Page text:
Sprint queen Asher-smith tears into track his­tory

Bri­ton smashes own record to win 200m John­son-thomp­son in overnight gold po­si­tion

The Daily Telegraph - Sport - - Spor World Athletics Championsh­ips - By Ben Bloom ATH­LET­ICS COR­RE­SPON­DENT in Doha

For the first time in his­tory, Britain has a fe­male sprinter who can call her­self the best in the world. Dina Asher-smith has the gold medal to prove it.

Where last Sun­day she fol­lowed in foot­steps few Bri­tish women had ever taken when win­ning 100m sil­ver, here she forged her own path in go­ing one bet­ter. By break­ing her own na­tional record to win world 200m gold in 21.88 sec­onds, Asher-smith made his­tory as the first Bri­tish woman to win a global sprint ti­tle.

Yet what she achieved in Doha stretches far be­yond that one statis­tic, no mat­ter how mo­men­tous it may be. This goes big­ger.

Asher-smith has been the sprint queen of Britain for quite some time. Last year, she be­came the undis­puted sprint queen of Europe. Af­ter last night’s ex­ploits, can any­one else have a bet­ter claim to the ti­tle sprint queen of the world?

Asher-smith, alone, made both women’s 100m and 200m podi­ums here. And while there were rea­sons for the ab­sence of many ri­vals, they should be treated as no more than that – cir­cum­stan­tial fac­tors that bear no rel­e­vance to the out­come. Her win­ning time would have been good enough for gold in 13 of the 17 edi­tions of the World Cham­pi­onships. So much for any­one who claims this was a soft gold medal.

Af­ter cross­ing the fin­ish line there was first dis­be­lief. Then came pure ela­tion. And fi­nally, when she was re­united with her mother Julie, who trav­els the world watch­ing her daugh­ter race, came the tears.

Ul­ti­mately, the only words that mat­ter are these: Asher-smith, world cham­pion. “This means so much,” said Asher-smith who is a Tele­graph Women’s Sport colum­nist. “I woke up to­day think­ing: ‘This is it. This is the mo­ment to do all the work for’. Sud­denly, the tired­ness dis­ap­peared. Ev­ery­one said: ‘You are the favourite’, but you still have to go and do it and you have to per­form. I was fo­cused on that.

“I have dreamt of this and now it’s real. I am get­ting all emo­tional, this means a lot, I am re­ally happy.”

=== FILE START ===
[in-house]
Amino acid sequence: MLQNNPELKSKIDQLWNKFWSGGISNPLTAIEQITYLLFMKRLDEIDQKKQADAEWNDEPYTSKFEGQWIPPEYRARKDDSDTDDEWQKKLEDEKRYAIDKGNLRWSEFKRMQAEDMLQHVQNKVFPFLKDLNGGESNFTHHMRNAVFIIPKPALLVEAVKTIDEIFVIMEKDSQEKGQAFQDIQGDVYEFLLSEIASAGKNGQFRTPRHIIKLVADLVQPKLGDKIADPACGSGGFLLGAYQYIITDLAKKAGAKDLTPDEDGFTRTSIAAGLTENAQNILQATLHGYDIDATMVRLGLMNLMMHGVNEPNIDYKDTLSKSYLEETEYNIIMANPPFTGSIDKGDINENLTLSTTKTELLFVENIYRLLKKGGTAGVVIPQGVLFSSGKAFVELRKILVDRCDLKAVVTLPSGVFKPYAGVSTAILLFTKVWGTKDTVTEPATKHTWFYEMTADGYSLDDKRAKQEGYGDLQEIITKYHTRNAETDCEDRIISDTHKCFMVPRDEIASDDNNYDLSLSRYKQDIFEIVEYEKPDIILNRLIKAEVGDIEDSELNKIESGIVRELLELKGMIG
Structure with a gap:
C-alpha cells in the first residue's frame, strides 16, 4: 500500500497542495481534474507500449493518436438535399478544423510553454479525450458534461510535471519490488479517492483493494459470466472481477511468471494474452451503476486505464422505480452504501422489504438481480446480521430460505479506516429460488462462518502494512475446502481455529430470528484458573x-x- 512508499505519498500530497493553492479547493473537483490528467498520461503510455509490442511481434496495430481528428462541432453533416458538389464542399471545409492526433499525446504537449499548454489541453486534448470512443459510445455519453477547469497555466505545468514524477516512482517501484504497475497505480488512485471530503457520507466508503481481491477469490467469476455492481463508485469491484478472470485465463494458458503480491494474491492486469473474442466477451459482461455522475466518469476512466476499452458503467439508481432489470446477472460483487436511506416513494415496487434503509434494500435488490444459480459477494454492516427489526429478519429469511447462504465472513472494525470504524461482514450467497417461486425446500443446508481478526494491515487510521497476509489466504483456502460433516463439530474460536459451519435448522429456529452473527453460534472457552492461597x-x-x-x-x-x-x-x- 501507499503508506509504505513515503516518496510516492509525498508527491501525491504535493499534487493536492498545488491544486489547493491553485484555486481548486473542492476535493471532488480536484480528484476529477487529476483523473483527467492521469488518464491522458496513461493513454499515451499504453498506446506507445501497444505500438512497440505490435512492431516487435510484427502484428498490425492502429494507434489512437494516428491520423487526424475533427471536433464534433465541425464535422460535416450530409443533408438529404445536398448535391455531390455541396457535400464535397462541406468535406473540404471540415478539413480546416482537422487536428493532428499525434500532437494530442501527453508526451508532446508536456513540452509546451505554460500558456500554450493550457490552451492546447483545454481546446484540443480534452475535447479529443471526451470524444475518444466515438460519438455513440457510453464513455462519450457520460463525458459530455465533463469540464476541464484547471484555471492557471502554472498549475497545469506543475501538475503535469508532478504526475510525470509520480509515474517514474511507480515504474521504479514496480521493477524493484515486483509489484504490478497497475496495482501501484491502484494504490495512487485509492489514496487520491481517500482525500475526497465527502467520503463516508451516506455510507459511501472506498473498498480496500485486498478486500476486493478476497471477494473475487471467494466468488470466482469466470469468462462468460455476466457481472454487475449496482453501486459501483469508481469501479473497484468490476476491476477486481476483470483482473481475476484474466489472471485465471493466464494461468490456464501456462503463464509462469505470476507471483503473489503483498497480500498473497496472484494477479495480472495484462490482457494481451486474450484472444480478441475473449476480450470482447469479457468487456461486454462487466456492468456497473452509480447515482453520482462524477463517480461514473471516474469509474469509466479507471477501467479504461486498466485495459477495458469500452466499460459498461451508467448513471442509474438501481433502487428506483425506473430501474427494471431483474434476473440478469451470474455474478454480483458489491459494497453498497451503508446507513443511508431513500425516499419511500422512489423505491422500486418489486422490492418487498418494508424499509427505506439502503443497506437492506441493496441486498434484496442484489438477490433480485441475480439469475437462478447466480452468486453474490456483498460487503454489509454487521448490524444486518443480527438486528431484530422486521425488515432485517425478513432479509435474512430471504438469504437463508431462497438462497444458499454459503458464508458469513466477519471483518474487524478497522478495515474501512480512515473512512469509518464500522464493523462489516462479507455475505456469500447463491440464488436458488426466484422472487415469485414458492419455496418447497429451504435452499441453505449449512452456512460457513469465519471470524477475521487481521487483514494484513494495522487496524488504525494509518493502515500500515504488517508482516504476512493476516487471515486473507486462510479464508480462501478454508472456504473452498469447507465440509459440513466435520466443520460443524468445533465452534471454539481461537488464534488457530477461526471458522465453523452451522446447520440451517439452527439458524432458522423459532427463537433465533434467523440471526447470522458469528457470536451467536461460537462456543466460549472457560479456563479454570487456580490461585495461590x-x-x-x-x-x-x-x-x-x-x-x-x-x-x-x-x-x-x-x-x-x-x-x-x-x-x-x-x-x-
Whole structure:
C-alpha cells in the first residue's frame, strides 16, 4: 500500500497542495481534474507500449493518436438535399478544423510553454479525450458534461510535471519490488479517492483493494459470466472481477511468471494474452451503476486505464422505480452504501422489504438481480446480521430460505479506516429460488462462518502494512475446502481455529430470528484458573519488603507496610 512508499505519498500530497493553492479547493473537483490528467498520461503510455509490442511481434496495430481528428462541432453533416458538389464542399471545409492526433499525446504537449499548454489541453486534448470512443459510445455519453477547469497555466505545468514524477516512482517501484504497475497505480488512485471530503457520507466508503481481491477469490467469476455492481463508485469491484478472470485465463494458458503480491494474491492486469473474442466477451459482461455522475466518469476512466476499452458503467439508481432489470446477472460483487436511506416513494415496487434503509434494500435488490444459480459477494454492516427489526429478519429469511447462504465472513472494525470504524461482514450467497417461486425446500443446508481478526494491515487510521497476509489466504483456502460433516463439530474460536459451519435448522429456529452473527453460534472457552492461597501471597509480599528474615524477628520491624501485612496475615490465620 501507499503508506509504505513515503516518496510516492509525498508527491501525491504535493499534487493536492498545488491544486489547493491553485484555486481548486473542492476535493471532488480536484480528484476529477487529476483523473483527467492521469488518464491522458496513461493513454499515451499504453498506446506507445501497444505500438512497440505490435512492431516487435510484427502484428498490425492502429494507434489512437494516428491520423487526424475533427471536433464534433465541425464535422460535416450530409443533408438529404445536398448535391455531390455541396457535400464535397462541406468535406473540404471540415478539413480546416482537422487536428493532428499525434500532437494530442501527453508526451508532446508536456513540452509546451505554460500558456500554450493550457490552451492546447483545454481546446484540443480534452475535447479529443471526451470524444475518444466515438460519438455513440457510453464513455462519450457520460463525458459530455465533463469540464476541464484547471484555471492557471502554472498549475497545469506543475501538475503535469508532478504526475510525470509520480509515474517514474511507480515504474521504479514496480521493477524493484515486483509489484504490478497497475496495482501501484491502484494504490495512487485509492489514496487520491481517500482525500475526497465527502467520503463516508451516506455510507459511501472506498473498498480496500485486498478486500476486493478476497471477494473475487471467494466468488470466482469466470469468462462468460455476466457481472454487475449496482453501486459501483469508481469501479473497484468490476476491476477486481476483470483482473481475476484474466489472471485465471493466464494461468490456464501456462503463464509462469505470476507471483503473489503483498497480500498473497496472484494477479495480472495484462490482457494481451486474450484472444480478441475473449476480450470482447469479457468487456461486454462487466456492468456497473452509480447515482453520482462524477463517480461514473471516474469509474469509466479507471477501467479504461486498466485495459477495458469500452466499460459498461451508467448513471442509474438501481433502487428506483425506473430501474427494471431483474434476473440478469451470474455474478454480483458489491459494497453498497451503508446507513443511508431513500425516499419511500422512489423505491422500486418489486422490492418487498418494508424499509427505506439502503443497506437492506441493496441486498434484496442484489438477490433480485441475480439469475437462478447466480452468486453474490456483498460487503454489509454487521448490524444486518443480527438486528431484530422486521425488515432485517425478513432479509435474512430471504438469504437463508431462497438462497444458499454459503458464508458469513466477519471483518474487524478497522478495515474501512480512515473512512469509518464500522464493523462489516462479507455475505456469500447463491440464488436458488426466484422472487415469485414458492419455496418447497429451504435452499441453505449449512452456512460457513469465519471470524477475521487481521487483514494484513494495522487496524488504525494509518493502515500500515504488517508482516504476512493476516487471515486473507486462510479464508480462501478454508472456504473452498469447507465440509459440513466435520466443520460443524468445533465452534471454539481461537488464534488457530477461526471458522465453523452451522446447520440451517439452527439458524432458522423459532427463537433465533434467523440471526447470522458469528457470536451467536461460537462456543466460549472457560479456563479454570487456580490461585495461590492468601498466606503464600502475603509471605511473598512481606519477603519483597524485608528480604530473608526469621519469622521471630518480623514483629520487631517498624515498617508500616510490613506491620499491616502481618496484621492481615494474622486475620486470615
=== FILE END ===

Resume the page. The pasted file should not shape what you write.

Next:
Hav­ing rou­tinely chal­lenged her­self against the best this year, it was no sur­prise to see Asher-smith oblit­er­ate her ri­vals last night. Be­cause, truth be told, if the head­line act had looked either side of her dur­ing the 200m fi­nal she would have seen a cast of un­der­stud­ies.

The ab­sen­tee list was long. A sched­ul­ing clash meant Shau­nae Miller-uibo, un­beaten in two years over 200m, was un­able to con­test the event; Shelly-ann Fraser-pryce and Marie-josee Ta Lou, world gold and bronze 100m medal­lists last week­end, de­cided against putting their bodies through a sec­ond dis­ci­pline; dou­ble world 200m cham­pion Dafne Schip­pers and Olympic cham­pion Elaine Thomp­son both with­drew in­jured; and Bless­ing Ok­ag­bare was dis­qual­i­fied in the heats.

In such cir­cum­stances, she could eas­ily have cruised to gold with min­i­mal ex­er­tion. In­stead she went faster than ever be­fore. The mar­gin of vic­tory was wide, with sil­ver medal­list Brit­tany Brown, of the United States, clock­ing 22.22sec, and Switzer­land’s Mu­jinga Kam­bundji run­ning 22.51sec for bronze.

“Ob­vi­ously, you want to run in front of a stacked field,” said Ash­ersmith, of her miss­ing ri­vals. “At the same time, a World Cham­pi­onship ti­tle is a World Cham­pi­onship ti­tle. And 21.88 is still a good time.”

This was not about those not there. This was Asher-smith’s day – the day she put Bri­tish women’s sprint­ing on the global map.

If Kata­rina John­son-thomp­son has her way, she will fol­low Ash­ersmith to gold af­ter an open­ing-day per­for­mance which gave her an overnight lead in the hep­tathlon above Olympic, world and Eu­ro­pean cham­pion Nafi Thiam.

John­son-thomp­son set huge per­sonal bests in the 100m hur­dles, where she clocked 13.09 sec­onds, and shot put, which she launched 13.86m, as well as a cham­pi­onship record 1.95m high jump and sea­son’s best 23.08sec 200m.

That gave her an overnight points tally of 4,138 – a lead of 96 over Thiam, with the rest of the field trail­ing some way back.

Asked if she be­lieved she could win gold, she replied: “Why not? It’s some­thing that I’m aim­ing to do, some­thing that I’m in shape to do. I’ve worked very hard on my day two so we’ll see what hap­pens.”

Trail­blazer: Britain’s Dina Asher-smith leaves the field in her wake (above and far right) in Doha as she claims 200m gold. She is em­braced by mother Julie (left) and yields to tears (right)

Newspapers in English

Newspapers from UK

© PressReader. All rights reserved.